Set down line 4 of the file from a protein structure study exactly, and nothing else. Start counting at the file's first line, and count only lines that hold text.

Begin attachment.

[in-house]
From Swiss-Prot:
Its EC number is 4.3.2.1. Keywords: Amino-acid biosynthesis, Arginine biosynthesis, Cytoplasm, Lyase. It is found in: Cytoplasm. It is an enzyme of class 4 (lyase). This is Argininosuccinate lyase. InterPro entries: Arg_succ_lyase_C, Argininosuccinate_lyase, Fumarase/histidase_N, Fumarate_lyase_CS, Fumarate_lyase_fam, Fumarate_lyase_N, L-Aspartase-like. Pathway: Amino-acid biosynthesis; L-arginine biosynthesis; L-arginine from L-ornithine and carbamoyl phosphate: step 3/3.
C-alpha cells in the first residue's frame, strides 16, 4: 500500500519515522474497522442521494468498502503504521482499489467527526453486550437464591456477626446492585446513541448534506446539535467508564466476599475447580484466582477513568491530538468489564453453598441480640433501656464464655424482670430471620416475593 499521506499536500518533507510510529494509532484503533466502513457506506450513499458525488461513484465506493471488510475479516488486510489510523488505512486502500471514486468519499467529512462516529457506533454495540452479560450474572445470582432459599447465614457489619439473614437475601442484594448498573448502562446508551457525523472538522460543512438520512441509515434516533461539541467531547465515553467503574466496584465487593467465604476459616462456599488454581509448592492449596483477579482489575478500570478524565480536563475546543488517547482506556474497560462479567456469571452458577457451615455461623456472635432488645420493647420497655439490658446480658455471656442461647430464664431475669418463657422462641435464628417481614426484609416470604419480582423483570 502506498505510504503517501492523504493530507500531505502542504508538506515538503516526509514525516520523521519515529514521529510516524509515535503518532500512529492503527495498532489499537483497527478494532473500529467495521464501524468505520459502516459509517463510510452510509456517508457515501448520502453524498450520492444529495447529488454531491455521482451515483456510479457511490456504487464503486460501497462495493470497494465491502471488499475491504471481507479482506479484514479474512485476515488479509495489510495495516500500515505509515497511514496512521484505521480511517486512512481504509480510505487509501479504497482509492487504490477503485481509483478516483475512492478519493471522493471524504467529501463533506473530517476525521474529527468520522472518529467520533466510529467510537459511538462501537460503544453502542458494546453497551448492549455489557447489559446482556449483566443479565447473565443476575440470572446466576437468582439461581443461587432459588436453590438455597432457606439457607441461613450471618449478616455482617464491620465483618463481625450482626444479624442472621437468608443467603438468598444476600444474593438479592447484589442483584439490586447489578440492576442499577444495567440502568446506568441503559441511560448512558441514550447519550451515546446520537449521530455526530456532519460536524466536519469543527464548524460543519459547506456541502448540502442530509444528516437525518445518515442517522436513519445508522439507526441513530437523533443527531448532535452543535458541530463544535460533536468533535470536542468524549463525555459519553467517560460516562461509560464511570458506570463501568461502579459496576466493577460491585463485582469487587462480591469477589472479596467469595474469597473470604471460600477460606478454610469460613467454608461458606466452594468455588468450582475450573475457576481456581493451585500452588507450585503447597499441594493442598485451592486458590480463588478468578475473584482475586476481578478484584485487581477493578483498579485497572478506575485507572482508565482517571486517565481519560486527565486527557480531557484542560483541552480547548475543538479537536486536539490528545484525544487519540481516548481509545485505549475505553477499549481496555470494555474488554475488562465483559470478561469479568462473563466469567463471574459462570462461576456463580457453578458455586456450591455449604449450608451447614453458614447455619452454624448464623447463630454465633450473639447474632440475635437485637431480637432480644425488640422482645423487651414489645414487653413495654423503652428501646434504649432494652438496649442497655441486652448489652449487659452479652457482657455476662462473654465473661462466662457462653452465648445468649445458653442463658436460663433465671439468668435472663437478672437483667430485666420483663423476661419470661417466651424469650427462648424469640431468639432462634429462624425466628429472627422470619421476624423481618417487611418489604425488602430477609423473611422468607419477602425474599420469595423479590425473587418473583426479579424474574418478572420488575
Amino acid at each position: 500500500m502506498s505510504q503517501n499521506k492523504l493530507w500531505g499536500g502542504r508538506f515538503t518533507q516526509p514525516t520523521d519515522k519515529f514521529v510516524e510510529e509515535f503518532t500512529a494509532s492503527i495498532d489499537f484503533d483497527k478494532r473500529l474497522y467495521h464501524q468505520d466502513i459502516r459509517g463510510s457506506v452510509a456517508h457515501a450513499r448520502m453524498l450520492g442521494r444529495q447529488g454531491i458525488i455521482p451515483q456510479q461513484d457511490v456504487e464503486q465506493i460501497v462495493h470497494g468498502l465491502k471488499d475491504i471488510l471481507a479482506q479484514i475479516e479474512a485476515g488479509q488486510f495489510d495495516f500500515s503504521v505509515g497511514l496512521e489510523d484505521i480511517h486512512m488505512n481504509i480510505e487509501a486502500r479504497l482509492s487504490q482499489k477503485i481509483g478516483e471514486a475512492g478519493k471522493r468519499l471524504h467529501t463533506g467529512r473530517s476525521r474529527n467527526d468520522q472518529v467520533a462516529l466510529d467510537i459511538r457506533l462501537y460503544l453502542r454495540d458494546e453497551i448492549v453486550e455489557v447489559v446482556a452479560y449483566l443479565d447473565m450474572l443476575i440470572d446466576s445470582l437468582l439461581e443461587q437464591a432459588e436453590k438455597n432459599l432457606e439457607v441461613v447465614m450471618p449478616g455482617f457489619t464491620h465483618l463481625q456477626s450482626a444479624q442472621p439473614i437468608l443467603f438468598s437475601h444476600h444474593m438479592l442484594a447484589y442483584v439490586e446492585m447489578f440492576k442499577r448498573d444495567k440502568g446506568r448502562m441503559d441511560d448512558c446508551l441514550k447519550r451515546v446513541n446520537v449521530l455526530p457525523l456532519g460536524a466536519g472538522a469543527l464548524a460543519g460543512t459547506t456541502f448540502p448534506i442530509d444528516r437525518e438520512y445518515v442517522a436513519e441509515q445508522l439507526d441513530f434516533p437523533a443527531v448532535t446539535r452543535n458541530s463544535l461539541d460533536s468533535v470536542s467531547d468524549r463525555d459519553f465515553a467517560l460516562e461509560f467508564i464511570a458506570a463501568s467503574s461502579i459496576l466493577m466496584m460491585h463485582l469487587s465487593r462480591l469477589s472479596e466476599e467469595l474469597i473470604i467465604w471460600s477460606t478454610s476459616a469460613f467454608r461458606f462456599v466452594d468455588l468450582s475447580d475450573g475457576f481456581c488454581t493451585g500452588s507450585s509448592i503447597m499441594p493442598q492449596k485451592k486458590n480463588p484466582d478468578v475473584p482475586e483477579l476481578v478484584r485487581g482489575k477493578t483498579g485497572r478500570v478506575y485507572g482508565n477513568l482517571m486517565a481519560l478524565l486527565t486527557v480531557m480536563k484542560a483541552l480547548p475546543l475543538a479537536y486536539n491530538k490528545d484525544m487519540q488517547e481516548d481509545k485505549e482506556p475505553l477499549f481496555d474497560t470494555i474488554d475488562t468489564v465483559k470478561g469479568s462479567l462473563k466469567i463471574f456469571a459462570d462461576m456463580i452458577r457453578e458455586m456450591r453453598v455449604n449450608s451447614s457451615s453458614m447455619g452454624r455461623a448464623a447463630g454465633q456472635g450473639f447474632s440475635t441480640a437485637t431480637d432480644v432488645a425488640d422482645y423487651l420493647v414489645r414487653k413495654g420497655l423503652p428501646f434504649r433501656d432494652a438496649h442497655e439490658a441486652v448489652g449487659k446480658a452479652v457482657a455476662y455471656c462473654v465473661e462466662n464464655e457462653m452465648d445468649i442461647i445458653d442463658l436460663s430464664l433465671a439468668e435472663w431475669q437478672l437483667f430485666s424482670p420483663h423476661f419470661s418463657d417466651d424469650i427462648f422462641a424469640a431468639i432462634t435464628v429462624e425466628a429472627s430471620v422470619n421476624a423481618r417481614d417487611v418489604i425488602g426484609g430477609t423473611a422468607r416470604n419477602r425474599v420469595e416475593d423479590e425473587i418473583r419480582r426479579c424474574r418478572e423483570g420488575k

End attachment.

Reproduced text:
C-alpha cells in the first residue's frame, strides 16, 4: 500500500519515522474497522442521494468498502503504521482499489467527526453486550437464591456477626446492585446513541448534506446539535467508564466476599475447580484466582477513568491530538468489564453453598441480640433501656464464655424482670430471620416475593 499521506499536500518533507510510529494509532484503533466502513457506506450513499458525488461513484465506493471488510475479516488486510489510523488505512486502500471514486468519499467529512462516529457506533454495540452479560450474572445470582432459599447465614457489619439473614437475601442484594448498573448502562446508551457525523472538522460543512438520512441509515434516533461539541467531547465515553467503574466496584465487593467465604476459616462456599488454581509448592492449596483477579482489575478500570478524565480536563475546543488517547482506556474497560462479567456469571452458577457451615455461623456472635432488645420493647420497655439490658446480658455471656442461647430464664431475669418463657422462641435464628417481614426484609416470604419480582423483570 502506498505510504503517501492523504493530507500531505502542504508538506515538503516526509514525516520523521519515529514521529510516524509515535503518532500512529492503527495498532489499537483497527478494532473500529467495521464501524468505520459502516459509517463510510452510509456517508457515501448520502453524498450520492444529495447529488454531491455521482451515483456510479457511490456504487464503486460501497462495493470497494465491502471488499475491504471481507479482506479484514479474512485476515488479509495489510495495516500500515505509515497511514496512521484505521480511517486512512481504509480510505487509501479504497482509492487504490477503485481509483478516483475512492478519493471522493471524504467529501463533506473530517476525521474529527468520522472518529467520533466510529467510537459511538462501537460503544453502542458494546453497551448492549455489557447489559446482556449483566443479565447473565443476575440470572446466576437468582439461581443461587432459588436453590438455597432457606439457607441461613450471618449478616455482617464491620465483618463481625450482626444479624442472621437468608443467603438468598444476600444474593438479592447484589442483584439490586447489578440492576442499577444495567440502568446506568441503559441511560448512558441514550447519550451515546446520537449521530455526530456532519460536524466536519469543527464548524460543519459547506456541502448540502442530509444528516437525518445518515442517522436513519445508522439507526441513530437523533443527531448532535452543535458541530463544535460533536468533535470536542468524549463525555459519553467517560460516562461509560464511570458506570463501568461502579459496576466493577460491585463485582469487587462480591469477589472479596467469595474469597473470604471460600477460606478454610469460613467454608461458606466452594468455588468450582475450573475457576481456581493451585500452588507450585503447597499441594493442598485451592486458590480463588478468578475473584482475586476481578478484584485487581477493578483498579485497572478506575485507572482508565482517571486517565481519560486527565486527557480531557484542560483541552480547548475543538479537536486536539490528545484525544487519540481516548481509545485505549475505553477499549481496555470494555474488554475488562465483559470478561469479568462473563466469567463471574459462570462461576456463580457453578458455586456450591455449604449450608451447614453458614447455619452454624448464623447463630454465633450473639447474632440475635437485637431480637432480644425488640422482645423487651414489645414487653413495654423503652428501646434504649432494652438496649442497655441486652448489652449487659452479652457482657455476662462473654465473661462466662457462653452465648445468649445458653442463658436460663433465671439468668435472663437478672437483667430485666420483663423476661419470661417466651424469650427462648424469640431468639432462634429462624425466628429472627422470619421476624423481618417487611418489604425488602430477609423473611422468607419477602425474599420469595423479590425473587418473583426479579424474574418478572420488575